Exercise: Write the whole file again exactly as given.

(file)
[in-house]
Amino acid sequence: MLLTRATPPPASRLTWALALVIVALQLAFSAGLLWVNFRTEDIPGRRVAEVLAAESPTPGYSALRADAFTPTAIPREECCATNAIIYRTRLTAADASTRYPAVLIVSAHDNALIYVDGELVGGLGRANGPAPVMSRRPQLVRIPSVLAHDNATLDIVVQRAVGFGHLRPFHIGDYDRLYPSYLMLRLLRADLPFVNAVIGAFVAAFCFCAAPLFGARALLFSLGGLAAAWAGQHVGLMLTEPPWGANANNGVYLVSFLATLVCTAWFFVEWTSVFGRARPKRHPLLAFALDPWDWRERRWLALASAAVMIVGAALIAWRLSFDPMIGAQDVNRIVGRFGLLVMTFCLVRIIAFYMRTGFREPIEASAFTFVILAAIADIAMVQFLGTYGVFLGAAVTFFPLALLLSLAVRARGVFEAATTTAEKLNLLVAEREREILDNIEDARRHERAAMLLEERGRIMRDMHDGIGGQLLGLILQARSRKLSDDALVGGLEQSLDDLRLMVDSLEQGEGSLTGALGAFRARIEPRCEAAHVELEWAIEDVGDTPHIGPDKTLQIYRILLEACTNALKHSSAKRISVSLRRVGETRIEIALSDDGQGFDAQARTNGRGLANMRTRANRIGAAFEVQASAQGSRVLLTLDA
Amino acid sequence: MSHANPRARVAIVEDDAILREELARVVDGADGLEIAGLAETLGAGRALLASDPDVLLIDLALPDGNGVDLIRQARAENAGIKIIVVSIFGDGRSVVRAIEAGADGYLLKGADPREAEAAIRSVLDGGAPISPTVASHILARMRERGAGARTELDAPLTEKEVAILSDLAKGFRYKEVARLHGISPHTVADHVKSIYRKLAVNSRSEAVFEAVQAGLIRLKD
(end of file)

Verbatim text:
[in-house]
Amino acid sequence: MLLTRATPPPASRLTWALALVIVALQLAFSAGLLWVNFRTEDIPGRRVAEVLAAESPTPGYSALRADAFTPTAIPREECCATNAIIYRTRLTAADASTRYPAVLIVSAHDNALIYVDGELVGGLGRANGPAPVMSRRPQLVRIPSVLAHDNATLDIVVQRAVGFGHLRPFHIGDYDRLYPSYLMLRLLRADLPFVNAVIGAFVAAFCFCAAPLFGARALLFSLGGLAAAWAGQHVGLMLTEPPWGANANNGVYLVSFLATLVCTAWFFVEWTSVFGRARPKRHPLLAFALDPWDWRERRWLALASAAVMIVGAALIAWRLSFDPMIGAQDVNRIVGRFGLLVMTFCLVRIIAFYMRTGFREPIEASAFTFVILAAIADIAMVQFLGTYGVFLGAAVTFFPLALLLSLAVRARGVFEAATTTAEKLNLLVAEREREILDNIEDARRHERAAMLLEERGRIMRDMHDGIGGQLLGLILQARSRKLSDDALVGGLEQSLDDLRLMVDSLEQGEGSLTGALGAFRARIEPRCEAAHVELEWAIEDVGDTPHIGPDKTLQIYRILLEACTNALKHSSAKRISVSLRRVGETRIEIALSDDGQGFDAQARTNGRGLANMRTRANRIGAAFEVQASAQGSRVLLTLDA
Amino acid sequence: MSHANPRARVAIVEDDAILREELARVVDGADGLEIAGLAETLGAGRALLASDPDVLLIDLALPDGNGVDLIRQARAENAGIKIIVVSIFGDGRSVVRAIEAGADGYLLKGADPREAEAAIRSVLDGGAPISPTVASHILARMRERGAGARTELDAPLTEKEVAILSDLAKGFRYKEVARLHGISPHTVADHVKSIYRKLAVNSRSEAVFEAVQAGLIRLKD